A MAN of unassuming charisma, Duncan Dallas wanted the world to share his fascination with science.
As a television producer at Yorkshire Television, he made science-based programmes that won record audiences, but his life took a different direction in 1998 after he read the obituary of Marc Sautet, founder of café philosophique, an informal forum for philosophical discussion held in Paris cafes.
He wondered if a similar approach might work for science, and living in Chapel Allerton, Leeds, he decided to carry out a trial event there, asking the owner of a wine bar across the road to host it. He persuaded a scientist friend to be the speaker, and hoped an audience would turn up.
It did, and so began a movement which became international.
Supported by an award from the Wellcome Trust and with the help of the British Council, Cafés Scientifiques spread across the world.
An only child, Mr Dallas was born in Elgin, Morayshire, to Duncan and Christina.
His father’s job with Pearl Assurance meant the family moved from place to place, but was settled in Newcastle when he was doing his sixth-form studies.
The usual holiday destination was Scarborough, and Mr Dallas carried on taking his family there for the rest of his life. The annual trip became a highlight of the year, especially for his grandchildren.
He went to Balliol College, Oxford, to read Chemistry, but became interested in the philosophy of science and would have switched but for his parents’ opposition. Nevertheless, he retained a life-long interest in the subject.
At Oxford, he met Gloden Horbury who was studying history; they married in 1966 and had two children, Jim and Lucy. They separated in 1977 and Gloden died in 1983. He later met Elizabeth Brice who worked in the same office, and they married in 1984 and had two children, Charlie and George. After contracting multiple sclerosis, she became a successful campaigner for cannabis therapeutics. She died in 2011.
While at Oxford, Mr Dallas won a place on the prestigious BBC’s graduate trainee scheme from which many of broadcasting’s leading figures emerged.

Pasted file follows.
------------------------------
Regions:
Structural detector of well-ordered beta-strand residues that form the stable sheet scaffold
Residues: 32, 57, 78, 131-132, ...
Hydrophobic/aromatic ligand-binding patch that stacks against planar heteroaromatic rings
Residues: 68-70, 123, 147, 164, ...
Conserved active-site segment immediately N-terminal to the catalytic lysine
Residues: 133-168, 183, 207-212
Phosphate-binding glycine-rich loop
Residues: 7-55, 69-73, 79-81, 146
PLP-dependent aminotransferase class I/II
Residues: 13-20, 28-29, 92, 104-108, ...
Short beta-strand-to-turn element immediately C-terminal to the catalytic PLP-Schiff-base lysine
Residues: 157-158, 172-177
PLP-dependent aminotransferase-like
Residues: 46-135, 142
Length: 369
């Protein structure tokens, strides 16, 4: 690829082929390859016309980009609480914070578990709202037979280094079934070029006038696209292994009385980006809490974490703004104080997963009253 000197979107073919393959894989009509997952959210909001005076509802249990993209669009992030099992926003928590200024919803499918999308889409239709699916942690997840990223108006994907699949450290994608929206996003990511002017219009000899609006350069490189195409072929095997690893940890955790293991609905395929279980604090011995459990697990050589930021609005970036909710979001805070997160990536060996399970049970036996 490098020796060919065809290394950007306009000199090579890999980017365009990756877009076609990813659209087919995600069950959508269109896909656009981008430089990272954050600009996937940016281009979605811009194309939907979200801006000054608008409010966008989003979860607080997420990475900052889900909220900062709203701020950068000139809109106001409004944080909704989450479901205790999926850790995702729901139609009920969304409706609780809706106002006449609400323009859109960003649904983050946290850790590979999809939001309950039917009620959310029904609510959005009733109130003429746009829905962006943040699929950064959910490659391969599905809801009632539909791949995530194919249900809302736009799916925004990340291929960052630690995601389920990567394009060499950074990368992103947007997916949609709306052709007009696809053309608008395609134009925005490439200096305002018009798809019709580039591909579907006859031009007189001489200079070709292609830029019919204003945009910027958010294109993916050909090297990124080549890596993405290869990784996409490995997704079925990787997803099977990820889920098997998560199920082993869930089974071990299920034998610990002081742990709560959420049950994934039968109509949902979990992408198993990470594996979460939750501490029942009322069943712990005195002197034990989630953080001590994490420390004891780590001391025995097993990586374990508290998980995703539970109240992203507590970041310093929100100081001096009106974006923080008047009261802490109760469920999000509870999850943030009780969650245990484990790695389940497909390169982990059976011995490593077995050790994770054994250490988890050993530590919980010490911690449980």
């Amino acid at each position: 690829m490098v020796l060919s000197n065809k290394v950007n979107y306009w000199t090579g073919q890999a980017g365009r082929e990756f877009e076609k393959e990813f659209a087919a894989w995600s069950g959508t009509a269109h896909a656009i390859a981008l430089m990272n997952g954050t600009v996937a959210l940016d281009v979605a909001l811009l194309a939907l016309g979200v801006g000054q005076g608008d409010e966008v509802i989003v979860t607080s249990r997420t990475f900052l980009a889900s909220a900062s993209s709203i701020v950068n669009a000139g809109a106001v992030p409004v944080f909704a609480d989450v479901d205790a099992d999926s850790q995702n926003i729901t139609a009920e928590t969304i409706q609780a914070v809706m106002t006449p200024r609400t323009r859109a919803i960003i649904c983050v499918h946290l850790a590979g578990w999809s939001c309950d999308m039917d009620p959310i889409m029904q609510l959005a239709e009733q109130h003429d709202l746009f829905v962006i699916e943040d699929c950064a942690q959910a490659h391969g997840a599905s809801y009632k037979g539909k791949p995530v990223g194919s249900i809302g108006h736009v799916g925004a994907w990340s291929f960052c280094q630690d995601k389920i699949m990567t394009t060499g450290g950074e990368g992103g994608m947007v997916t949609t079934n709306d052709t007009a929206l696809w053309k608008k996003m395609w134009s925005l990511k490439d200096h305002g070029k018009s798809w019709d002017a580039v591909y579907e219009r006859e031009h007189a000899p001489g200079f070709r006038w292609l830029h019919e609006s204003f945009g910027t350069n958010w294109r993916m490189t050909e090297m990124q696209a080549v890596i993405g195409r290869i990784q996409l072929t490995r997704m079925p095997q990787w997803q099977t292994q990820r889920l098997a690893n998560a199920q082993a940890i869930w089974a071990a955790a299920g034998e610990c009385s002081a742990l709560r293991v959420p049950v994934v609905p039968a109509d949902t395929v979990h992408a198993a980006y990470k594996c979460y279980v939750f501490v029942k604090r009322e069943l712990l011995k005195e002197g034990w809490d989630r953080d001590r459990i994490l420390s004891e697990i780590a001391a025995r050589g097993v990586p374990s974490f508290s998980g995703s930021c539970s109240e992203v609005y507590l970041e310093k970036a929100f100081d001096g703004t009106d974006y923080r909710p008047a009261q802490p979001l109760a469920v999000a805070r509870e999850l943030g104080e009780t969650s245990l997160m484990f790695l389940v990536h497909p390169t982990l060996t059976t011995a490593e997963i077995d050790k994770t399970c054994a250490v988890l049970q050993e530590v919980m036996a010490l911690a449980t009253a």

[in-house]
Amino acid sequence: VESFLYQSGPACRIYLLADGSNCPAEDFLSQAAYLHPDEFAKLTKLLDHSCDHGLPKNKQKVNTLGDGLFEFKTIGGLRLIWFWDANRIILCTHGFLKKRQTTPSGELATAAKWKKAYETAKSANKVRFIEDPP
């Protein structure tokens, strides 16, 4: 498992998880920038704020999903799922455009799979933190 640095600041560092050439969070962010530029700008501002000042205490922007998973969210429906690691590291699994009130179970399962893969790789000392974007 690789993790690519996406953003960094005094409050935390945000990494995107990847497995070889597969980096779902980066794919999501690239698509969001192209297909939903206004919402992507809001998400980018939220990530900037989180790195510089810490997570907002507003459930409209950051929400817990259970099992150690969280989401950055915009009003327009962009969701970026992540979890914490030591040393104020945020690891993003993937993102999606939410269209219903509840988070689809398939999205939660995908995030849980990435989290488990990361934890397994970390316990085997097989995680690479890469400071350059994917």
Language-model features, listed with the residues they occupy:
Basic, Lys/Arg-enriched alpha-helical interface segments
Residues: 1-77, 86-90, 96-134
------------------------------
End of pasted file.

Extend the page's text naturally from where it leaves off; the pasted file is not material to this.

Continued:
Working on the ground-breaking current affairs series Man Alive, he was noticed by Tony Essex who recruited him in 1968 for his documentary unit at Yorkshire Television in Leeds.
The new company had to establish its credentials from a crudely converted former trouser factory, and Mr Dallas helped with a vivid evocation of holidays in Scarborough in the early 20th century: It Never Seemed To Rain was nominated for a Bafta award.
This was followed by a stint with Alan Whicker in Australia and the South Seas, but when YTV was reminded that its remit included making science programmes for the ITV network, he was put in charge of fulfilling it.
He now demonstrated he could speak to doctors and scientists across a wide range of disciplines, winning their the trust and co-operation.
One result was his award-winning documentary Awakenings about survivors of the strange sleepy sickness epidemic of the years after the First World War.
Manifestly intellectual, Mr Dallas cut an unusual figure in the flashy world of 1970s television, yet he had a popular touch, which he proved with Don’t Ask Me, the science series in which Dr Magnus Pyke, the botanist Dr David Bellamy and Dr Miriam Stoppard answered questions put by viewers.
Enormously popular, it was followed by other high-rating series, Don’t Just Sit There, Where There’s Life and Fun & Games.
Leaving Yorkshire Television, Mr Dallas set up his own independent production company, which he named, XYTV, but it was not enough to excite his intellect, and it was then that he read Marc Sautet’s obituary.
Mr Dallas also played a significant role in his own community, being chairman of a group which drew up a supplementary planning guidance for Chapel Allerton, published in 2011, and he was an enthusiastic supporter of the annual Chapel Allerton Arts Festival.
He was a great party goer, and revelled in the atmosphere of carnivals and funfairs.
His book, published in the 1970s, The Travelling People is a seminal work on the life of travelling showmen.
He enjoyed cricket, as did his father and later his son Charlie, and supporting Scotland, liked to watch football.
Mr Dallas, who has died at the age of 73, is survived by his children Jim, Lucy, Charlie and George, and by four grandchildren.